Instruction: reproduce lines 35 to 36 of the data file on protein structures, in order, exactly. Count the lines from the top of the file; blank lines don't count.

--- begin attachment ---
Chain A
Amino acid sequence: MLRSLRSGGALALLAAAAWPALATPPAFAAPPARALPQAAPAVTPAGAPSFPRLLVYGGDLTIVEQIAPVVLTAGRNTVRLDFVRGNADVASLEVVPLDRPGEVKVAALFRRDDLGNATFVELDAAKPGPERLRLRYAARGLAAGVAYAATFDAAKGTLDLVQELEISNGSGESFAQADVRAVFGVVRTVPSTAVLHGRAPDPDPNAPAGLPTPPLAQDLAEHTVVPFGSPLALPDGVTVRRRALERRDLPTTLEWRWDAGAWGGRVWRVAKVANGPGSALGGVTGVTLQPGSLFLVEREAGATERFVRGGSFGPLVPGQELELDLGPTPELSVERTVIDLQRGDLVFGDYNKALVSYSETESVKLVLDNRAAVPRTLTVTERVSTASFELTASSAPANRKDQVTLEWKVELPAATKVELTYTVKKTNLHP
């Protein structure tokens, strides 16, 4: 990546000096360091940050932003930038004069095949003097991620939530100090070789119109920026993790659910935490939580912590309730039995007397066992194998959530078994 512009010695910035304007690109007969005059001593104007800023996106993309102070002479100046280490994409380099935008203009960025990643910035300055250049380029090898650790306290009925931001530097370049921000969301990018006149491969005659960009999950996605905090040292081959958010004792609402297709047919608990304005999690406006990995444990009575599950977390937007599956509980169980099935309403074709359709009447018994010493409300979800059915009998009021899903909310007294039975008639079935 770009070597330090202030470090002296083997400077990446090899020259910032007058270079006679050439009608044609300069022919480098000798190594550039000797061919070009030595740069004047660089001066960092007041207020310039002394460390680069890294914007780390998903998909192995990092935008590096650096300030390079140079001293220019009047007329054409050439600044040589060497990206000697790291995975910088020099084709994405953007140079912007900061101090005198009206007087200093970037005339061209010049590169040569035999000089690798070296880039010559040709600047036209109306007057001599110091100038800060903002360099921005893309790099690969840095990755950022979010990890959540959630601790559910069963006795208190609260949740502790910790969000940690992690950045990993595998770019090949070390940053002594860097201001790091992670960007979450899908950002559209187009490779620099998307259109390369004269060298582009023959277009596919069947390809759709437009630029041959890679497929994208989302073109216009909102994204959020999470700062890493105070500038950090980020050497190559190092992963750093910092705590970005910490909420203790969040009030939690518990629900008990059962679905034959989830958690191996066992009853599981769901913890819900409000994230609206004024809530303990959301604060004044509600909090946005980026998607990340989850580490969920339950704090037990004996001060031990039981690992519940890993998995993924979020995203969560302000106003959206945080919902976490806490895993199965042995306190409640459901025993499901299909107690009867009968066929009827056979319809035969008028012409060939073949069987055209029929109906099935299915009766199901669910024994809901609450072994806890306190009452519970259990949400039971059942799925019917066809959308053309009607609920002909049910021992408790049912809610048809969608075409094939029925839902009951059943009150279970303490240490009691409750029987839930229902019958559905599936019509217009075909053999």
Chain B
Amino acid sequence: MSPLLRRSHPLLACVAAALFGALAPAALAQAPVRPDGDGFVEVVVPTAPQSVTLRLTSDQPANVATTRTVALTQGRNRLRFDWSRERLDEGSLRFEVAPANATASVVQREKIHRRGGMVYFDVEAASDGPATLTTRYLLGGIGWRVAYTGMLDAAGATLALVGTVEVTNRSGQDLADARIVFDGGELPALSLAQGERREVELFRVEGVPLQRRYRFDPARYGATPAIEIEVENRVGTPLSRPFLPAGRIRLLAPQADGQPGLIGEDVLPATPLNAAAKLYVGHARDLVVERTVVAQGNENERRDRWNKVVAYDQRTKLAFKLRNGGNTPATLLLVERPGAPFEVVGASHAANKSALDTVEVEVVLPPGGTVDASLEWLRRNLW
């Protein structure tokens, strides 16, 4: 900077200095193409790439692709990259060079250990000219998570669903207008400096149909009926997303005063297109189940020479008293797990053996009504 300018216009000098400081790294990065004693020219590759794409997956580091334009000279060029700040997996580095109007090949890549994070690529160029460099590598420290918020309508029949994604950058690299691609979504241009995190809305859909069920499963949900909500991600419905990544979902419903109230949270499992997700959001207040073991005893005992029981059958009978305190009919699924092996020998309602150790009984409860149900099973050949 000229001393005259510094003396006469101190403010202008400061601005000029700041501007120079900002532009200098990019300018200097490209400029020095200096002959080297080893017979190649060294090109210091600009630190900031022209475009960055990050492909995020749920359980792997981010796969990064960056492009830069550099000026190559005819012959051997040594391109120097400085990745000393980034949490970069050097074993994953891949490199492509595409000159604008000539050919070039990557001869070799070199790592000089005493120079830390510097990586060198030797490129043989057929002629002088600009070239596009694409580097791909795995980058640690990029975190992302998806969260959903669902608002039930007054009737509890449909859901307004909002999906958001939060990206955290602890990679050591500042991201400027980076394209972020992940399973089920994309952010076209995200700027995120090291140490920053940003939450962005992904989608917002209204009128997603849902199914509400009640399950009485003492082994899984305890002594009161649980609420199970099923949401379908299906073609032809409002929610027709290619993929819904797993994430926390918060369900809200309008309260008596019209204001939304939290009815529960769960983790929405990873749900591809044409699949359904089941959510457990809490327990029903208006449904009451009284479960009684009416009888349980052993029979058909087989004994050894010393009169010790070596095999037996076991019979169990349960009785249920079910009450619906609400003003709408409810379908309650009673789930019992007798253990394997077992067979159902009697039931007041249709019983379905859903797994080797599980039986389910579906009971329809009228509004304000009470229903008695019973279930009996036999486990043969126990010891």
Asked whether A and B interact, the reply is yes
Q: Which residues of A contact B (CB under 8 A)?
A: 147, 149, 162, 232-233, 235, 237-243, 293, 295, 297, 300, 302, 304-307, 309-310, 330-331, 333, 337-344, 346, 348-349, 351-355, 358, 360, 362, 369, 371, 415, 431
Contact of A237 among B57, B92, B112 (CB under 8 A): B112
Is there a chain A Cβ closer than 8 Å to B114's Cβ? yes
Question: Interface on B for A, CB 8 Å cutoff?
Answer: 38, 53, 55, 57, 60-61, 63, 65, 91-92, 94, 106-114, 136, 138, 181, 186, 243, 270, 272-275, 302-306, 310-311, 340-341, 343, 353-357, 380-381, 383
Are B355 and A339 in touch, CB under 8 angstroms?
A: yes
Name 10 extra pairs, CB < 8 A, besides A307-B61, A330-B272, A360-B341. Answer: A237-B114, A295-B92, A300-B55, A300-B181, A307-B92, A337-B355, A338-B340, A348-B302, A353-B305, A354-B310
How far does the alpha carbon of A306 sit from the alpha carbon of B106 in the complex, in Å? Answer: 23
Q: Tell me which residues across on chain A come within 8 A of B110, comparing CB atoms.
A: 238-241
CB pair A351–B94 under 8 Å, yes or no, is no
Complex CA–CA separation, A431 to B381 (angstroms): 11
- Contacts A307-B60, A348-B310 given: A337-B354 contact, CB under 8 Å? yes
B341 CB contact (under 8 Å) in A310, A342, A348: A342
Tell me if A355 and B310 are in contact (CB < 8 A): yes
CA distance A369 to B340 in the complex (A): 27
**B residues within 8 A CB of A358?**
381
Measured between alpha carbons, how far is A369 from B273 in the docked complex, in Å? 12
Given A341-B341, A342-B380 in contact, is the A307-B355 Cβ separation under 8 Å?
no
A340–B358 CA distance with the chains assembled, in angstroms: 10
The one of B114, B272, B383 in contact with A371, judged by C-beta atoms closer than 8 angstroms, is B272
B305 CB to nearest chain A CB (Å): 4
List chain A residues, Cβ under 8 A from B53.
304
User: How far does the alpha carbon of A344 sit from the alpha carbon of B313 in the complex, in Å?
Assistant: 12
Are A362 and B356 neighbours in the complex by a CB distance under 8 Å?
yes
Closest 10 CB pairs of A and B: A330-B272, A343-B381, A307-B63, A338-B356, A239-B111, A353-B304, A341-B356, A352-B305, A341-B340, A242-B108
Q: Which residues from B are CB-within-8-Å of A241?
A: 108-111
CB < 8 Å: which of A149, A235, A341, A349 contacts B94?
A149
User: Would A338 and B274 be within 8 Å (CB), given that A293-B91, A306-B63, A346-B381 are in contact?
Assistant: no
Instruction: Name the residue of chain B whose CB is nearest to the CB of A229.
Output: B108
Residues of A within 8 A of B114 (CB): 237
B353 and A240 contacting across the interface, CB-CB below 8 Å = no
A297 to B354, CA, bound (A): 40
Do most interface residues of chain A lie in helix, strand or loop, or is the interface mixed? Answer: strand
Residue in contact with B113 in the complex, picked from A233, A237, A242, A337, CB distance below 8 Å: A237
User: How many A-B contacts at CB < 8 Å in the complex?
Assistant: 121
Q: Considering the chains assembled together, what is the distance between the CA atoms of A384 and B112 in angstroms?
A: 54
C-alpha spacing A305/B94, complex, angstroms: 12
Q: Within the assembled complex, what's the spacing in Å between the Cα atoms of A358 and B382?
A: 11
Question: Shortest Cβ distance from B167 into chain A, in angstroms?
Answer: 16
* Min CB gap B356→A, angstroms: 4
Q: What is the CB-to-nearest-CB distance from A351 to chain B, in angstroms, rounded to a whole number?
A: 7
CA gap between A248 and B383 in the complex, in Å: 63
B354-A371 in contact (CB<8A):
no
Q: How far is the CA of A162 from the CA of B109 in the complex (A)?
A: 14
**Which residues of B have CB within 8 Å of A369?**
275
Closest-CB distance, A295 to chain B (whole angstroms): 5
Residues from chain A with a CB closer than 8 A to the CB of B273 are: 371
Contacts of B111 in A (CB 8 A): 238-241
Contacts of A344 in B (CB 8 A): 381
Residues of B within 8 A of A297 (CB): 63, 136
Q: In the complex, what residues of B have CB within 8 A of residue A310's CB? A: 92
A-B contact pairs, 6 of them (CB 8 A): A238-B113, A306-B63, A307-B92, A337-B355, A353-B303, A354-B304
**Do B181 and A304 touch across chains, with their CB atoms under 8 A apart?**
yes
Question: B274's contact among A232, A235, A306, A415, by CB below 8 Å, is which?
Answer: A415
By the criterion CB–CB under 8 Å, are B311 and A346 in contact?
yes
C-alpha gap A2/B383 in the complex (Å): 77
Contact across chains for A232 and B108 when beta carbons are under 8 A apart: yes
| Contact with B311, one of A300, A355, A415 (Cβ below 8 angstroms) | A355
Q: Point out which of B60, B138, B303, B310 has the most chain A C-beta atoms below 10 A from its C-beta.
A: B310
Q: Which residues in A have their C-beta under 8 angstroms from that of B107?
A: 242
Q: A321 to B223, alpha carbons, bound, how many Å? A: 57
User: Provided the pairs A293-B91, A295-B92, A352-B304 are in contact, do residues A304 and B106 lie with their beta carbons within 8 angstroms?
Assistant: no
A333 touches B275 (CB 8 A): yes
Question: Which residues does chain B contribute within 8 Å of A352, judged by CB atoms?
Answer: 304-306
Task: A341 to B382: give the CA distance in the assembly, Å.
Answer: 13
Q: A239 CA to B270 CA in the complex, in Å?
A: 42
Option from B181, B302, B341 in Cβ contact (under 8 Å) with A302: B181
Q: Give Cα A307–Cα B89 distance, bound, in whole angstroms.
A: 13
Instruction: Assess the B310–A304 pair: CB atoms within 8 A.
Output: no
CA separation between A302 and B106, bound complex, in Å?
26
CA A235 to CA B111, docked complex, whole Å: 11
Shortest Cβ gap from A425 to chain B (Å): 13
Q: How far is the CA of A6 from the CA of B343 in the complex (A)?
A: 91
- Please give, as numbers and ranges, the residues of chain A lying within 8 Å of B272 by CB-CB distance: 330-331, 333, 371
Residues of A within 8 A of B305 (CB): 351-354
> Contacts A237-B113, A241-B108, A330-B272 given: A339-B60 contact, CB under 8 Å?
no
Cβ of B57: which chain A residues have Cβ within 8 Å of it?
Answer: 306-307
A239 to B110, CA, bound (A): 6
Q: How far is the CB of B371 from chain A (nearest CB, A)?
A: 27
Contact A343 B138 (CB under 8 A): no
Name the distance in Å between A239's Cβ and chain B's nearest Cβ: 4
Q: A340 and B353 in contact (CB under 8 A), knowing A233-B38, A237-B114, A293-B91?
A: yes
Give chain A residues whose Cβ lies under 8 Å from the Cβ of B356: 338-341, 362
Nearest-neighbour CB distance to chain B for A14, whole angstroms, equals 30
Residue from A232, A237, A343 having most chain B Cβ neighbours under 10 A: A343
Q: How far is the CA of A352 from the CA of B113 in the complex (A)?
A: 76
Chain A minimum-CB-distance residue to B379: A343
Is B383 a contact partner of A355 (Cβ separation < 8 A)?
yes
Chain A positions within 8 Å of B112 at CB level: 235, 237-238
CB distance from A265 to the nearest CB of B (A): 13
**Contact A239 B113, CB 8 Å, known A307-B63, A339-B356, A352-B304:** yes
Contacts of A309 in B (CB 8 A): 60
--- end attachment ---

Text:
304
User: How far does the alpha carbon of A344 sit from the alpha carbon of B313 in the complex, in Å?